Because you have properly identified the plants you wish to target and have purchased a product specifically for controlling those weeds, you should find them on the lists of weeds controlled by the product. If there are asterisks or notes for your target species, be sure to read them thoroughly as they are there to help you best control the plants. Find the application method that suits your needs and will best control your weeds.

Many product labels have charts for application rates. It can be difficult to know what rate, for example parts per billion (ppb), you should use. Choosing a middle rate is generally a good place to start. Higher rates may be appropriate when you are treating a small area, tough to control weeds, or expect some water movement out of the area. Many contact herbicides, such as Dibrox® and Flumigard®, need to be diluted with water and sprayed over the treatment area. The main reason for diluting herbicides with water is to distribute the amount evenly across the treatment area. Herbicide labels follow a similar pattern and should be read before applying the products.

Apply Aquatic Herbicide

Once you have familiarized yourself with the information contained on the label, you are ready to apply the herbicide to control your target weed or species. Note that this discussion is for contact herbicides like Dibrox®, Diquat, Aquathol® K, and Flumigard®. Check the weather to plan for a sunny and calm morning for application. When the day comes, have your personal protection equipment (PPE) and application equipment ready. For many herbicides, the application equipment will include a sprayer, measuring device, and water source. Set your sprayer droplet size according to the guidelines on the herbicide label. Our recommended dilution for Dibrox® is 16 oz. per gallon of water in the sprayer to treat an area with an average depth of 4 feet.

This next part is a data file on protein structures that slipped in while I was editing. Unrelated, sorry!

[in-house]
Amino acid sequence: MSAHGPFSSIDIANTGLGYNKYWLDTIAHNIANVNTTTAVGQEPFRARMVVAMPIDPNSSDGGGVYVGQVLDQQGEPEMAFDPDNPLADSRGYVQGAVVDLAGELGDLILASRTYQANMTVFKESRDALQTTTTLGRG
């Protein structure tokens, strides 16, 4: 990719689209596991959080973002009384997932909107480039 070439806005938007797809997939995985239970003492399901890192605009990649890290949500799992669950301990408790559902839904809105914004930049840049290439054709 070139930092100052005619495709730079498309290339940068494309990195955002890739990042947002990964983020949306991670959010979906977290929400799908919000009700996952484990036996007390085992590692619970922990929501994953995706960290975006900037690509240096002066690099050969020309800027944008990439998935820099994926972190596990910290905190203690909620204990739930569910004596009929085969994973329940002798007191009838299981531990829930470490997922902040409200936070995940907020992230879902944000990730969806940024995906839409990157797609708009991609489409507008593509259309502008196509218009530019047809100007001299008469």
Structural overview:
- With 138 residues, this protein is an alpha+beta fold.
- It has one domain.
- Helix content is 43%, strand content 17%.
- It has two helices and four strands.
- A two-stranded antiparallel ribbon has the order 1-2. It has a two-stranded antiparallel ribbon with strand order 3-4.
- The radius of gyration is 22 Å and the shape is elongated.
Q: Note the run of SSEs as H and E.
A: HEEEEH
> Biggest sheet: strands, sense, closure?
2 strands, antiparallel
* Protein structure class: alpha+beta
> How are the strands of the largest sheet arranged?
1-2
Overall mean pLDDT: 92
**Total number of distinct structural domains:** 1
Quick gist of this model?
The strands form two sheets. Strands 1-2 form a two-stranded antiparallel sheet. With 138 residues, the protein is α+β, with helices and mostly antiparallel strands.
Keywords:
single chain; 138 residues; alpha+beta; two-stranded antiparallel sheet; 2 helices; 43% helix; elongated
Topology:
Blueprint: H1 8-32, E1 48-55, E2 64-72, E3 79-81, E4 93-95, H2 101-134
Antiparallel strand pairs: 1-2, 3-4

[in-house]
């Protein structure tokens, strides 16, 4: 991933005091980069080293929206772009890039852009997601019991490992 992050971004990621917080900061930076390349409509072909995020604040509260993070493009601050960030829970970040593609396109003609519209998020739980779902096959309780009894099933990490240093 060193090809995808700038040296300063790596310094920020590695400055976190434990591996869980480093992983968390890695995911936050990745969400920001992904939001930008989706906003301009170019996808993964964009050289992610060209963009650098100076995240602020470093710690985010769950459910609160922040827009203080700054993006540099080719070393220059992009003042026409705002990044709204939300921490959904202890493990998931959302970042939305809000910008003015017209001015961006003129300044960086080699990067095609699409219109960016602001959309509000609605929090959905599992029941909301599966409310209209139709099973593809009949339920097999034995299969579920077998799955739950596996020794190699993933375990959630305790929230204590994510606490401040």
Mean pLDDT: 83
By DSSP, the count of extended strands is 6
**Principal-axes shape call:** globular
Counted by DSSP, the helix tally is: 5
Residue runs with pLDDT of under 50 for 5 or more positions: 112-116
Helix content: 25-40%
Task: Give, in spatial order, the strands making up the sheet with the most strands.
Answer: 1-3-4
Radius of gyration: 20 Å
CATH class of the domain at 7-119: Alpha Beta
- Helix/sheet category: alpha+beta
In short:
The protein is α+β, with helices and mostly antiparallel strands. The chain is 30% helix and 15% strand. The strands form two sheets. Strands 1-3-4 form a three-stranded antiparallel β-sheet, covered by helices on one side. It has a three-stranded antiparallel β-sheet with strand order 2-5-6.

If your herbicide is granular, such as Hydrothol®, Navigate or Aquathol® Super K, you will likely use a broadcast spreader to get even coverage of the product. Again, the herbicide label will offer guidelines on how many pounds to use given your target area and depth. A scale can help with granular herbicides: weigh the amount you plan to use then split it in half, along with your treatment area. Treating half the area with half the product will help you get more even coverage.

If you do not want to spray or do not have the necessary equipment, our TORMADA product application boat can be used to treat ponds or lakeshores. The TORMADA has a one-gallon tank that you fill with Dibrox® or another herbicide (full strength). Then use the remote control to drive the fan-powered boat in a zig-zag pattern 10-15 feet apart. Because the fan is mounted on top of the TORMADA, the boat will glide over weeds to get product across your entire treatment area.

After applying herbicides, the most difficult part for many people is waiting to see results. Some product labels give a general idea of how long it can take to see visible results. You can also ask Lake Restoration’s product specialists how much time to wait for results and how long to wait before re-treatment. Managing lake or pond weeds is an ongoing commitment. As with most tasks, it gets easier with more knowledge and practice.  

Bibliography 

Frequently Asked Questions from TAMU AquaPlant

Aquatic Herbicides: Essential Information for New Applicators from OSU Extension